Take tiny steps. Doing only 1% can make a huge difference in the long run. Which brings me to my final tip.

    Tiny actions cause a ripple effect in the world

    You’ve probably heard of the Butterfly Effect. A meteorology professor at MIT, Edward Lorenz, posed a question: “Does the flap of a butterfly’s wings in Brazil set off a tornado in Texas?” He ran a computer program simulating weather patterns and then left his office to get a cup of coffee while the machine ran. When he returned, he noticed an unexpected result which led Lorenz to a powerful insight about the way nature works: small changes can have large consequences.

    What small change can you do today that can result in a more peaceful, joyful world around you in the future?

    I don’t know about you, but just the evidence of hoarding in local grocery stores has amped up my anxiety. It’s a clear manifestation of people’s fear. In Whole Foods one evening, the produce section was empty except for one banana that two guys fought over until they realized the banana was banged up.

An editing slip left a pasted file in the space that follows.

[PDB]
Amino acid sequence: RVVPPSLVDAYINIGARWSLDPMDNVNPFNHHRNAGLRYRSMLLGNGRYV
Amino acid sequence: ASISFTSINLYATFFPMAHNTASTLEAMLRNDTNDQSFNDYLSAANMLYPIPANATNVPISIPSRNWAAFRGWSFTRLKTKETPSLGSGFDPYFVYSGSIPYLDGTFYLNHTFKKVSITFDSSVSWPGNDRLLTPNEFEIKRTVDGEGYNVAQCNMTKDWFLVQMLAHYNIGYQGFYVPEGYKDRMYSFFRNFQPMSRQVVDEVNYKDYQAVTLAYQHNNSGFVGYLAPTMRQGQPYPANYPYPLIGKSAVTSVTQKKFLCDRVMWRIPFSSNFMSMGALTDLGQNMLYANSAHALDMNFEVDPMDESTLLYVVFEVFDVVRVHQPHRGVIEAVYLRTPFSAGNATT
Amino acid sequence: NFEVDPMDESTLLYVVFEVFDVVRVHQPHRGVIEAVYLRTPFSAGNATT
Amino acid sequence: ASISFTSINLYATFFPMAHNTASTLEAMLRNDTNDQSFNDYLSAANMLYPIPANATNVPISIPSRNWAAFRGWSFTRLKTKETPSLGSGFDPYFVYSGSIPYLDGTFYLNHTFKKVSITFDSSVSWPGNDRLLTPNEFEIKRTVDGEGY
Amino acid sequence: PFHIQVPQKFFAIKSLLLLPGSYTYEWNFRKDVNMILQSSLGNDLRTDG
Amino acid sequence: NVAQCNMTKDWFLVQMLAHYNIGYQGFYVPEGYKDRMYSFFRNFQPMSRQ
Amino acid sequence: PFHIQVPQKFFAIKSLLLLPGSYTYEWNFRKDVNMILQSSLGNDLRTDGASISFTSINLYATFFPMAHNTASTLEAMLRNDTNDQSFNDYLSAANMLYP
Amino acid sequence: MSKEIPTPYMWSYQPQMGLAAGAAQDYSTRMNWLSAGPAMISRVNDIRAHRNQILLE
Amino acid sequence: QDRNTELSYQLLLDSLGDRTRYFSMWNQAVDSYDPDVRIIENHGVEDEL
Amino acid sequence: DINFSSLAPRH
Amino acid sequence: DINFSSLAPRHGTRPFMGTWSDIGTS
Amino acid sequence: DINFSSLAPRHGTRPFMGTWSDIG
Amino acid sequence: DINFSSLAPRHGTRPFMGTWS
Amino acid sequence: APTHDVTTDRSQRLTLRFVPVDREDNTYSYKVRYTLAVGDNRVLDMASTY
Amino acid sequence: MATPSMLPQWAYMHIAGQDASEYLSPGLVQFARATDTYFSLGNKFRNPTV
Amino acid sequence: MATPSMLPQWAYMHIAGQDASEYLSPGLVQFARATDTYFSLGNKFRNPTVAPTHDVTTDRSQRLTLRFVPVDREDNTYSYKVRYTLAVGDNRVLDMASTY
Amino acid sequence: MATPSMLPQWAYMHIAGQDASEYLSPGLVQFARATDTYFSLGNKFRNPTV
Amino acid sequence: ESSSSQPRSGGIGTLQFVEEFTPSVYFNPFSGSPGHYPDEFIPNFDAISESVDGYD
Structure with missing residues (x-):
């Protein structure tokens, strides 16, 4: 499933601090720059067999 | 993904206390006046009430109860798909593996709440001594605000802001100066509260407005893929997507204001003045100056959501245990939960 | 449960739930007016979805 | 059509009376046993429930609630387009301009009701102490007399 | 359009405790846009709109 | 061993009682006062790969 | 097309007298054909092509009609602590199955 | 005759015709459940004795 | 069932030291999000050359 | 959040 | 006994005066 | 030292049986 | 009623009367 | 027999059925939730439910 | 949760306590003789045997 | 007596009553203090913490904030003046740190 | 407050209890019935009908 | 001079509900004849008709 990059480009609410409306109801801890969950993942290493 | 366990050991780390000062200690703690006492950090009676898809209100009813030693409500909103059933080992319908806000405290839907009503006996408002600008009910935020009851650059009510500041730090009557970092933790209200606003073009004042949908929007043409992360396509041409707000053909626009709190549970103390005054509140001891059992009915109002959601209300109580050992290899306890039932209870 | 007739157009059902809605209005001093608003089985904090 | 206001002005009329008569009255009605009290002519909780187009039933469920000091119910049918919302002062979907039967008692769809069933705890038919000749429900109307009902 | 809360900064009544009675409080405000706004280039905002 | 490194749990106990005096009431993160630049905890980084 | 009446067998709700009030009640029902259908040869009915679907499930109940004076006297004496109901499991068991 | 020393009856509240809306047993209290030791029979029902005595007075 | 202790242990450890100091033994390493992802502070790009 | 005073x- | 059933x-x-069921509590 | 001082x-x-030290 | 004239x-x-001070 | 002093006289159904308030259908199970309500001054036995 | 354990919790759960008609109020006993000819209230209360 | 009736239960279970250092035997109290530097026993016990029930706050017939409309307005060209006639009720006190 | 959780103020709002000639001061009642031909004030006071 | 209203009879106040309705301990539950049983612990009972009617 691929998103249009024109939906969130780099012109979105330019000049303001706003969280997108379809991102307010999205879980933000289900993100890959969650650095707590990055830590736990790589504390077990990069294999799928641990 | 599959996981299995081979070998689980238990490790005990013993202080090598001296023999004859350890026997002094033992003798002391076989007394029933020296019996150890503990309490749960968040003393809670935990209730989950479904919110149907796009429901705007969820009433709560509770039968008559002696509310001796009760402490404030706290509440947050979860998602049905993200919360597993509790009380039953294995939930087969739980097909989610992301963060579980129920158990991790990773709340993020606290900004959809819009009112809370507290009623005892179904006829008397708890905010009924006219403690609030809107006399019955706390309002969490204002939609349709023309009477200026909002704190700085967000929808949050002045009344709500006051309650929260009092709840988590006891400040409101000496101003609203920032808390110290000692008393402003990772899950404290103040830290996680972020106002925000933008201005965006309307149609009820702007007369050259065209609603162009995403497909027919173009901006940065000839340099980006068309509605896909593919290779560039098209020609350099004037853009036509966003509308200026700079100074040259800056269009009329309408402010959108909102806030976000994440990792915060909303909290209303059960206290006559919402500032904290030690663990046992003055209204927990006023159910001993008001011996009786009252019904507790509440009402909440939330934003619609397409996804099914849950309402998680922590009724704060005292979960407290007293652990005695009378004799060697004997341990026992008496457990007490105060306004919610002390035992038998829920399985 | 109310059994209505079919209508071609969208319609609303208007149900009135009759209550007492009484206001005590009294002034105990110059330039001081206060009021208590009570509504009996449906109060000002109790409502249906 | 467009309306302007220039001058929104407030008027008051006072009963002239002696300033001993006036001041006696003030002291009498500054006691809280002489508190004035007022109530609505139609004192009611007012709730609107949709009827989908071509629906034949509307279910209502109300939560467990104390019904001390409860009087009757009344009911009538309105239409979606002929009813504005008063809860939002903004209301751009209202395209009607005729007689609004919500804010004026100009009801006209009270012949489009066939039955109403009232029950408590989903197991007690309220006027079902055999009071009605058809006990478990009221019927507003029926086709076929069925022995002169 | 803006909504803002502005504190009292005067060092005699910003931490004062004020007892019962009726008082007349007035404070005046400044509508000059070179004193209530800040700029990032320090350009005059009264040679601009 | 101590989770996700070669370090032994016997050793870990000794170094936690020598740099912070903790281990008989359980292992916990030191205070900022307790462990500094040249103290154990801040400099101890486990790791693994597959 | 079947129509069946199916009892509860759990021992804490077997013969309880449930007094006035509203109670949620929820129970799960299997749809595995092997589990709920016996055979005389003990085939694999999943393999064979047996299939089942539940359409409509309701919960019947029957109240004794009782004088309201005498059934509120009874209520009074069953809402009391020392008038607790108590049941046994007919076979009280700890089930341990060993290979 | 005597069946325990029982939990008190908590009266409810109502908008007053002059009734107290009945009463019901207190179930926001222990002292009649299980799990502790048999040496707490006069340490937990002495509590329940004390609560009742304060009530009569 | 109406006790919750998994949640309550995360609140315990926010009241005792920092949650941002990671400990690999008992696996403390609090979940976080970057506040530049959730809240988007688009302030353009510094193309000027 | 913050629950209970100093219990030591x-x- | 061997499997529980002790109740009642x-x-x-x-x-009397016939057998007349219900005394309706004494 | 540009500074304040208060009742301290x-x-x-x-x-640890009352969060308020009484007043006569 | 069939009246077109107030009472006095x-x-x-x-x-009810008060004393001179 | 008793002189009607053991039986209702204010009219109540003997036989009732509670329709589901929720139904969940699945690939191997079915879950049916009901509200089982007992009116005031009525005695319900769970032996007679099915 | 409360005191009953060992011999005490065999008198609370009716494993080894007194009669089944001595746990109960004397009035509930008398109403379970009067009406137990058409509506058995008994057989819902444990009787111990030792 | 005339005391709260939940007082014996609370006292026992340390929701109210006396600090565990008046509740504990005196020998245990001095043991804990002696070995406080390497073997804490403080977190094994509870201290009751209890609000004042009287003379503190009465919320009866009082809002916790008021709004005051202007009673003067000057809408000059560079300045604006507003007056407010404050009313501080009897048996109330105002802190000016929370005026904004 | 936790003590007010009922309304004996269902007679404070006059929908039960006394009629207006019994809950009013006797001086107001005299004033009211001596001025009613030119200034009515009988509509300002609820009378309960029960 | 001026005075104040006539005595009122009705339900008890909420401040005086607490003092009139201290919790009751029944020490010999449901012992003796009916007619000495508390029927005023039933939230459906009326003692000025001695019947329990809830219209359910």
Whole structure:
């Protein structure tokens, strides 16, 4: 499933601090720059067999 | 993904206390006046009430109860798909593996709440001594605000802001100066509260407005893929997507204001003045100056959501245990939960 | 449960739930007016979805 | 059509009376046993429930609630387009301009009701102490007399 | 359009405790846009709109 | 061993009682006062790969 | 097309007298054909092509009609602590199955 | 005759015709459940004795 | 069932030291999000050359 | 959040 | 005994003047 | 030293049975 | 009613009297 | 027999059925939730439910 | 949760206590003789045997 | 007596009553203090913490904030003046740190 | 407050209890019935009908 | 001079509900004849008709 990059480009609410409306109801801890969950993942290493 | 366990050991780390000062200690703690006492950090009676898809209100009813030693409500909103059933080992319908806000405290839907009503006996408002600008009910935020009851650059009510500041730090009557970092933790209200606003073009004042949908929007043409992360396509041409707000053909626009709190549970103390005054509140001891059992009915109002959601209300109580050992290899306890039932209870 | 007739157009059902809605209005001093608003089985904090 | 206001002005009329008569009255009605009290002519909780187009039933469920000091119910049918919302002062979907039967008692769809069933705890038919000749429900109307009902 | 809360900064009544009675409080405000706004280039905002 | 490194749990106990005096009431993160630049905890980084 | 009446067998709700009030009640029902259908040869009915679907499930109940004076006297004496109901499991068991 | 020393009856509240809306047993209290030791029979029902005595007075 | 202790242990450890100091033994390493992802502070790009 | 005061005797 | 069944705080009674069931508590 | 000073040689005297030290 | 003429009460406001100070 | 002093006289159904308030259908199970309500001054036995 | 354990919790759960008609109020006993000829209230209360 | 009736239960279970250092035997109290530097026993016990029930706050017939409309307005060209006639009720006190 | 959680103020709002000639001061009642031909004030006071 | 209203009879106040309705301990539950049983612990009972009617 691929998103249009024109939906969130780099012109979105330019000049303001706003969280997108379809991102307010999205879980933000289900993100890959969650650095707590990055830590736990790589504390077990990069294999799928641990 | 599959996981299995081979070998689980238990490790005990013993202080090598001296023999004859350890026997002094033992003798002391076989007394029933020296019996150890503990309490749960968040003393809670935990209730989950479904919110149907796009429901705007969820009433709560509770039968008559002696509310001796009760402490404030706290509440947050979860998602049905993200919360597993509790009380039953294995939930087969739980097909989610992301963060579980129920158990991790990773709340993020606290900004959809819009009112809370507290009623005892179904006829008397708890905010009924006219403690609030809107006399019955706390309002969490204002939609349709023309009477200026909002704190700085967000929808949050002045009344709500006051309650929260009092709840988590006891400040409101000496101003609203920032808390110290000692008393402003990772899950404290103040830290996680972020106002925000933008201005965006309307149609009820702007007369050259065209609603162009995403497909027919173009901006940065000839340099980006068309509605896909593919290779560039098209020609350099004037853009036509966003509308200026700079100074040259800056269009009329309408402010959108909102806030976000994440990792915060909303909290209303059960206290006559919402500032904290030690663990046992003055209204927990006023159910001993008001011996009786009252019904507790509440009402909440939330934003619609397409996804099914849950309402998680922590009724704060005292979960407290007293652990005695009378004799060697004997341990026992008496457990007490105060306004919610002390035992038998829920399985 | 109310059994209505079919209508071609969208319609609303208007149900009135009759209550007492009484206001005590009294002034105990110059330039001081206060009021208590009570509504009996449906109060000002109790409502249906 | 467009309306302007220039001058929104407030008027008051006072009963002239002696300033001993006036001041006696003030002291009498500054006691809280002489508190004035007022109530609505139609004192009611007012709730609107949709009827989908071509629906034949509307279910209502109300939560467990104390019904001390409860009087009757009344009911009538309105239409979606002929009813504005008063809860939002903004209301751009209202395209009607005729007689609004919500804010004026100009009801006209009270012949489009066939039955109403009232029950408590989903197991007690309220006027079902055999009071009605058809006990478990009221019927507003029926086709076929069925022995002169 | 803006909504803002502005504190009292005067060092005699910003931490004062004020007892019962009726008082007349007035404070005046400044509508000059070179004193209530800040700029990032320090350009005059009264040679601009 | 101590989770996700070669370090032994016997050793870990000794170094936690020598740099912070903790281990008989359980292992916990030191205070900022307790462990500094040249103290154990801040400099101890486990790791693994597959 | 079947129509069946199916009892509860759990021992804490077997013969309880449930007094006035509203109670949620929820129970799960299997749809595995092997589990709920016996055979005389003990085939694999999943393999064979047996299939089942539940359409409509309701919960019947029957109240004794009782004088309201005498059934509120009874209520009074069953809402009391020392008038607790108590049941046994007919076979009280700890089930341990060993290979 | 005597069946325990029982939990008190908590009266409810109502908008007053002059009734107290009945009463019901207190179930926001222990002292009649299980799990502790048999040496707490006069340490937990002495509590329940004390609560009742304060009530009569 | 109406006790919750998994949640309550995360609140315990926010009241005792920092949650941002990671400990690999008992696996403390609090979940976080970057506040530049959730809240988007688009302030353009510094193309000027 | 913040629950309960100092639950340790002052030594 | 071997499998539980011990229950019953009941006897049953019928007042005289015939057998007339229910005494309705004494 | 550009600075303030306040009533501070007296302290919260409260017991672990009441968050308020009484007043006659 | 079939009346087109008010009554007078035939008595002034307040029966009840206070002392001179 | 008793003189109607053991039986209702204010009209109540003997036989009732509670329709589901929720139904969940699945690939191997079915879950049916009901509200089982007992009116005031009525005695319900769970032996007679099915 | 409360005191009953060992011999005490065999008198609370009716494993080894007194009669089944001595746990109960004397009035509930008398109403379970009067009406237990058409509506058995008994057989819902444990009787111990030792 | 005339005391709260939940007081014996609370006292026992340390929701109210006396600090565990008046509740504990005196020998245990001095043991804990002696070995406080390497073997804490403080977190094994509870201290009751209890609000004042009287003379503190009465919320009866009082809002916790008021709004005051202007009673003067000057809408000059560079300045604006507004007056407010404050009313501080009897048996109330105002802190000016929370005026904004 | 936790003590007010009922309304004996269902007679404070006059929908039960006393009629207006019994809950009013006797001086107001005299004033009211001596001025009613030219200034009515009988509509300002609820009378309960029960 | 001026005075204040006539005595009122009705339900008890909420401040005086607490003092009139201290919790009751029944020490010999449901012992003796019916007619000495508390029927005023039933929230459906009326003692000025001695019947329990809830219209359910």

What if, instead, we bought what we needed, trusting in abundance rather than scarcity, and left enough for everyone?

    What if we smiled at the cashier and expressed our appreciation for their hard work? In turn, that cashier may brighten the next person’s day.

    What if we found humor in the day to day and sent out ripples of laughter?

    What if we practiced meditation, prayer, or another contemplative practice to radiate peace and calm? Every day at noon, sit for twenty minutes. Tell your family and friends to sit, too. I’ll be sitting, focusing on peaceful images and thoughts, or just observing my thoughts as if they were clouds drifting by, or a movie reel unscrolling. We don’t all need to be in the same room to spread calming vibes into the universe.